Three American Myths
There's no doubt I've always believed I grew up in the "world's greatest country," the United States of America. That's what I've always been told, and I've had no reason to believe otherwise... until now, possibly. You may have been brought up the same way, never giving the declaration a second thought. But before either one of us goes back to our mind-numbing, "love it or leave it" comfort zones, let's consider these three American myths:
The U.S. has the World's Best Health Care
A new international survey supported by The Commonwealth Fund finds that one-third of U.S. patients with health problems reported experiencing medical mistakes, medication errors, or inaccurate or delayed lab results—the highest rate of any of the six nations surveyed.
While the U.S. performed better than most countries on the hospital transition measure, it had the highest rate of patients reporting coordination problems during doctor visits. One-third (33%) of U.S. respondents said that either test results or records were not available at the time of appointments or that doctors duplicated tests.
One–half of adults with health problems in the U.S. said they did not see a doctor when sick, did not get recommended treatment, or did not fill a prescription because of cost. Despite these high rates of forgone care, one-third of U.S. patients spent more than $1,000 out-of-pocket in the past year.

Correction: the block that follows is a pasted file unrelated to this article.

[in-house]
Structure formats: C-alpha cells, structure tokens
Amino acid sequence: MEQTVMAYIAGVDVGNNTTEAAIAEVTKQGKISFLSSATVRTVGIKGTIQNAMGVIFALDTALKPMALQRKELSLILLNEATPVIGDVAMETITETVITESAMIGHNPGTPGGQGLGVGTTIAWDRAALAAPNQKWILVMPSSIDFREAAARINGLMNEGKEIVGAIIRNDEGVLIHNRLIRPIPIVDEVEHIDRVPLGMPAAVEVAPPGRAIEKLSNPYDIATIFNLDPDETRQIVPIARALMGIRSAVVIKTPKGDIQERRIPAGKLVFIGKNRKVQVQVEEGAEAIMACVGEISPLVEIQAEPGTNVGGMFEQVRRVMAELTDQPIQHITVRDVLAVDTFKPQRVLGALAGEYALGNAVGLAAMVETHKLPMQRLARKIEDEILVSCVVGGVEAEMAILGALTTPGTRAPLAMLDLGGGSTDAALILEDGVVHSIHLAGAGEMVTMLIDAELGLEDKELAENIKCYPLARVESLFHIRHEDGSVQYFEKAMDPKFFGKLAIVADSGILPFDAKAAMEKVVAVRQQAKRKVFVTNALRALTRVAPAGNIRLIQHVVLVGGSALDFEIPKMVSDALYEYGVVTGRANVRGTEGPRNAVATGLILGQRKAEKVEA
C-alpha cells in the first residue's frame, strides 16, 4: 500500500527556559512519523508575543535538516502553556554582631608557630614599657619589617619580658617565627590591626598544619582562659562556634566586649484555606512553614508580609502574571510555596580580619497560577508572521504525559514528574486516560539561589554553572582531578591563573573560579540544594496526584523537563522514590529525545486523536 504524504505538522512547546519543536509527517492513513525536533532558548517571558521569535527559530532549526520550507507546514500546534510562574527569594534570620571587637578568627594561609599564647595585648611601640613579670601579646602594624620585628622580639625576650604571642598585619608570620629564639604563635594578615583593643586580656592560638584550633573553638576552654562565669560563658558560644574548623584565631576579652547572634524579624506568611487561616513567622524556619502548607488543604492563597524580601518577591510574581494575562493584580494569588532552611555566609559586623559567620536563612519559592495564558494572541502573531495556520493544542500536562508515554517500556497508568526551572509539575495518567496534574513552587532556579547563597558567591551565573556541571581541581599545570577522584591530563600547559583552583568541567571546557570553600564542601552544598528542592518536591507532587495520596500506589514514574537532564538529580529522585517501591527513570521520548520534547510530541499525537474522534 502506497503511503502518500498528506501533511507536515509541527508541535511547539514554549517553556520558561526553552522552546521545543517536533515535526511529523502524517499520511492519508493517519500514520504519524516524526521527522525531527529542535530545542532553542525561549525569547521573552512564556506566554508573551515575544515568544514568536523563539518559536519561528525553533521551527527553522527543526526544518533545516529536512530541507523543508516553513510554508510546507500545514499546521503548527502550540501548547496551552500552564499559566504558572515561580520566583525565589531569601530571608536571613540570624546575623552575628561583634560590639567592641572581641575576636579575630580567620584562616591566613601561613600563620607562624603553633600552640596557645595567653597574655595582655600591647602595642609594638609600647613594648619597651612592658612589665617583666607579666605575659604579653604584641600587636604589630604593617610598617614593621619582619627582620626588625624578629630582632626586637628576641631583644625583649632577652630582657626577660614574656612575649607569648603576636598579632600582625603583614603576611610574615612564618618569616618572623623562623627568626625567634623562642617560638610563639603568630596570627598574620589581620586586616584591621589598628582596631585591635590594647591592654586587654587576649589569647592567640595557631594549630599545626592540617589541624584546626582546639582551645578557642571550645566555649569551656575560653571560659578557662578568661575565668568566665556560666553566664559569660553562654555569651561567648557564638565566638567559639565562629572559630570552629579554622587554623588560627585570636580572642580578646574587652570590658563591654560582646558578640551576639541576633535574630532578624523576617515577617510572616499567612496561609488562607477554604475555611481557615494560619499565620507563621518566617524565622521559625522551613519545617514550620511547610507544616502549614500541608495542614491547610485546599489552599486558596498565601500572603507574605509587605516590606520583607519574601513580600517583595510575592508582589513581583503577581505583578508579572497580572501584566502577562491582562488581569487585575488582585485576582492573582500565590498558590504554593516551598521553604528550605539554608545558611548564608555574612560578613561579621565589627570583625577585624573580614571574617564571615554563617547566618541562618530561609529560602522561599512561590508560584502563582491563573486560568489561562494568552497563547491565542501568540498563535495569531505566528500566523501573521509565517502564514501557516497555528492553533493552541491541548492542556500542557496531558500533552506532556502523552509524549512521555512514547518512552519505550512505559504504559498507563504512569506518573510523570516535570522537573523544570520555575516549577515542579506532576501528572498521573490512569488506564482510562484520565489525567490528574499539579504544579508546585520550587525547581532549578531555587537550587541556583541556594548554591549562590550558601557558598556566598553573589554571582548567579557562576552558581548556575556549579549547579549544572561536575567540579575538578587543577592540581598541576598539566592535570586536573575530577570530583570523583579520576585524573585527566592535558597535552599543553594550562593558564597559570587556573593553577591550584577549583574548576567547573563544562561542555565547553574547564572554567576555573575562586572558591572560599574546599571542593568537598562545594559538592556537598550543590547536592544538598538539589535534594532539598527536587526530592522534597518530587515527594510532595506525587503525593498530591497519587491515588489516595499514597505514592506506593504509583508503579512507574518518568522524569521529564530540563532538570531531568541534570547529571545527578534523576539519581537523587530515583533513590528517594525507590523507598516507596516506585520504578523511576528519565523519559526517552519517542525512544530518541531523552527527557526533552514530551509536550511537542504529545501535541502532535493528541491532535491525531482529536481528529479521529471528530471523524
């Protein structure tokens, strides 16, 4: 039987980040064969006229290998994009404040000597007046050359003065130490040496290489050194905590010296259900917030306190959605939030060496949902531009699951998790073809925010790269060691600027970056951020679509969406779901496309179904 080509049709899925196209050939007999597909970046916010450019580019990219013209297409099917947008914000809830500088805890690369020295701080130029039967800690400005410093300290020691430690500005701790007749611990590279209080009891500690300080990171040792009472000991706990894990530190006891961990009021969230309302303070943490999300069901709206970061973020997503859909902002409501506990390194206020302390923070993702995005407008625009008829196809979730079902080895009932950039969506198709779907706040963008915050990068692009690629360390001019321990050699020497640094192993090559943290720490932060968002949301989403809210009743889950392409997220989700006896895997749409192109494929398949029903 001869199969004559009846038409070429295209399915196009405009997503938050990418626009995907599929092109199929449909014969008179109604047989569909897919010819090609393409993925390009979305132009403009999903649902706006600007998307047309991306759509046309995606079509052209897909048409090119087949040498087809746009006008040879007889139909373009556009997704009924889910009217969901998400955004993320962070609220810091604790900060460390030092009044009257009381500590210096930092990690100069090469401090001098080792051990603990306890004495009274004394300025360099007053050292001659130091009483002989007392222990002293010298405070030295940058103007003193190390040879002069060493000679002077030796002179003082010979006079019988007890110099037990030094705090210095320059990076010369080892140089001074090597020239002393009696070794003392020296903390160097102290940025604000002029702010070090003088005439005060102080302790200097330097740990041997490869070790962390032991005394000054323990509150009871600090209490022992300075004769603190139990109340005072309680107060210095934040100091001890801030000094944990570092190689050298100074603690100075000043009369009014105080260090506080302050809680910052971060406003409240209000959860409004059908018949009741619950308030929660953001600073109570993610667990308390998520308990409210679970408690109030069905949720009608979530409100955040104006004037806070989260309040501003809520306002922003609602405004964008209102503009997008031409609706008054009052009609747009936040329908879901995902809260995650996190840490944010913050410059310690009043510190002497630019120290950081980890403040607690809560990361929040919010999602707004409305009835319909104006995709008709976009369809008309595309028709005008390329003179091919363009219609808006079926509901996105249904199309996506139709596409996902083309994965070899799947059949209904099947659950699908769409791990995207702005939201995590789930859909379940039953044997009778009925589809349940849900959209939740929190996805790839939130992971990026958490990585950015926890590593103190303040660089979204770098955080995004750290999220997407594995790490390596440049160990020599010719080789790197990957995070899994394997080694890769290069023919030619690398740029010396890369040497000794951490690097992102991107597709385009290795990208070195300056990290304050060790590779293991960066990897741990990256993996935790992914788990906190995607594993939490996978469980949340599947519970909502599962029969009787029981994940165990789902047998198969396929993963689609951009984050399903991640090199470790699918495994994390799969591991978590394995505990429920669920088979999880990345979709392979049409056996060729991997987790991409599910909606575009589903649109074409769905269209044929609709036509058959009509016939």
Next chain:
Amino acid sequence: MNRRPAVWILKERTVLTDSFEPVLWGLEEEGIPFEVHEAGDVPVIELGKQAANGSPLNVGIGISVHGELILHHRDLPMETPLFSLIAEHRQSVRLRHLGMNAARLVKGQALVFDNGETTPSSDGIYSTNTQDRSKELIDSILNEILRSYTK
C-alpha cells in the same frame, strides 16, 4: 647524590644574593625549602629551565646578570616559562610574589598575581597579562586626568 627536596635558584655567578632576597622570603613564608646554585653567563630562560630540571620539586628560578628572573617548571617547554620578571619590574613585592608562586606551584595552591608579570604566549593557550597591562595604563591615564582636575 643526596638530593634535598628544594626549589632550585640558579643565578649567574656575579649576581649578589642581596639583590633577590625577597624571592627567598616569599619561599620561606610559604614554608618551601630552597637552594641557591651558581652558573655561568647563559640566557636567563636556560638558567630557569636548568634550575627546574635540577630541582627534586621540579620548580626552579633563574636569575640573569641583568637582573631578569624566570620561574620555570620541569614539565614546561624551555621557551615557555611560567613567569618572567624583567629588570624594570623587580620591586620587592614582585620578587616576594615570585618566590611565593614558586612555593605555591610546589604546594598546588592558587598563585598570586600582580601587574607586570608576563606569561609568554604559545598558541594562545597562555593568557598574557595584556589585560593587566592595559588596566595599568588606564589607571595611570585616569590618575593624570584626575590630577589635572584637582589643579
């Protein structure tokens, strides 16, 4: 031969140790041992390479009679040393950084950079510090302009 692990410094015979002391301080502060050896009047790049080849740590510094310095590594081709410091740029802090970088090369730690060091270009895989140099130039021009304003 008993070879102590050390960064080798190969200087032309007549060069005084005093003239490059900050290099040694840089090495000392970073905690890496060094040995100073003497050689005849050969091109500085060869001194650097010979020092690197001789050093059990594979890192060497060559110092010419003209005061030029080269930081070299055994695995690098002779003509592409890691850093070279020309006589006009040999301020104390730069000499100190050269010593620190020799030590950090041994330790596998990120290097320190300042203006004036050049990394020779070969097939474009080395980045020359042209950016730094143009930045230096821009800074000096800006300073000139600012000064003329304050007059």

The U.S. is the #1 Environmental Leader
In case you're ready to defend the U.S. as an environmental leader, on the frontlines in the "war on mother earth," remember this: despite Vice President Al Gore's efforts to urged the passing of the Kyoto Protocol in 1998, the United States Senate has refused to ratify the treaty (An agreement on global warming reached by the United Nations Conference on Climate Change in Kyoto, Japan, in 1997).
On June 25, 1997, before the Kyoto Protocol was to be negotiated, the U.S. Senate passed by a 95-0 vote the Byrd-Hagel Resolution (S. Res. 98), which stated the sense of the Senate was that the United States should not be a signatory to any protocol that did not include binding targets and timetables for developing as well as industrialized nations or "would result in serious harm to the economy of the United States". On November 12, 1998, Vice President Al Gore symbolically signed the protocol. Aware of the Senate's view of the protocol, the Clinton Administration never submitted the protocol for ratification.
As of September 2005, a total of 157 other countries have ratified the agreement.
The U.S. is the Largest Aid Contributor
There's no doubt that the United States of America is the largest contributor of Official Development Assistance (ODA) to some of the worlds poorest, underdeveloped countries. But before you start patting yourself on the back for a job well done, consider this:
The U.S. "giving" is currently at .16% of gross national income, the SMALLEST percentage of any G-8 country; The U.S. is "2nd to last" out of 22 countries in giving as a percent of GNI; The U.S. only beats out Italy by .01% of GNI for last place among the 22 countries.
Tony Blair at the 2005 G8 Conference in Gleneagles, Scotland failed to get all the G8 summit countries to commit to boosting foreign aid to an amount equal of 0.7 percent of national income by 2015. The United States did not make any additional pledges.
Sure, there's lots to add to this discussion and many things to explain in defense of the "so-called-myths," but it's got me thinking!